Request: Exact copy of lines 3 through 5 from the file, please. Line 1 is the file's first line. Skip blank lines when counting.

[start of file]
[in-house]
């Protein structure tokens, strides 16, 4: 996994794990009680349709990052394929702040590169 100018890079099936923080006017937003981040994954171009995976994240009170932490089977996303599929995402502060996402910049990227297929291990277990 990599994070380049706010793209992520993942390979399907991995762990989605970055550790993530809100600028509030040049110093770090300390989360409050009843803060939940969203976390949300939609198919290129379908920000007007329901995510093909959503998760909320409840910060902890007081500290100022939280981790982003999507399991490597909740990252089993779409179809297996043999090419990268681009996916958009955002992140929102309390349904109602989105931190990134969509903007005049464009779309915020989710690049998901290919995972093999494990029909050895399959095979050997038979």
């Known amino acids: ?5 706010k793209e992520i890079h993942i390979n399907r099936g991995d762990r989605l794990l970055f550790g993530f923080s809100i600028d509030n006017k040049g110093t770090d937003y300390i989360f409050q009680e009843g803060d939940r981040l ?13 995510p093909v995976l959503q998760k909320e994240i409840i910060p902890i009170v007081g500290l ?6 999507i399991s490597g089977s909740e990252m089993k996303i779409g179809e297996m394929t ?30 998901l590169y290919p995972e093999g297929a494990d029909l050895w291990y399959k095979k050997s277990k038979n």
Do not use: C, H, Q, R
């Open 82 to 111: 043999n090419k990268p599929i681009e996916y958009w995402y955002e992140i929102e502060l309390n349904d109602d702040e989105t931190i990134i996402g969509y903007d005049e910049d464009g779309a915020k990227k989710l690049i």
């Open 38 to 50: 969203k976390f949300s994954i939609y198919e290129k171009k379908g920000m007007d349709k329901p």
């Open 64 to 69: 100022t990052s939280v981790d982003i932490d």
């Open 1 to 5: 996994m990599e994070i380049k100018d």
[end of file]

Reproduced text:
């Known amino acids: ?5 706010k793209e992520i890079h993942i390979n399907r099936g991995d762990r989605l794990l970055f550790g993530f923080s809100i600028d509030n006017k040049g110093t770090d937003y300390i989360f409050q009680e009843g803060d939940r981040l ?13 995510p093909v995976l959503q998760k909320e994240i409840i910060p902890i009170v007081g500290l ?6 999507i399991s490597g089977s909740e990252m089993k996303i779409g179809e297996m394929t ?30 998901l590169y290919p995972e093999g297929a494990d029909l050895w291990y399959k095979k050997s277990k038979n």
Do not use: C, H, Q, R
């Open 82 to 111: 043999n090419k990268p599929i681009e996916y958009w995402y955002e992140i929102e502060l309390n349904d109602d702040e989105t931190i990134i996402g969509y903007d005049e910049d464009g779309a915020k990227k989710l690049i």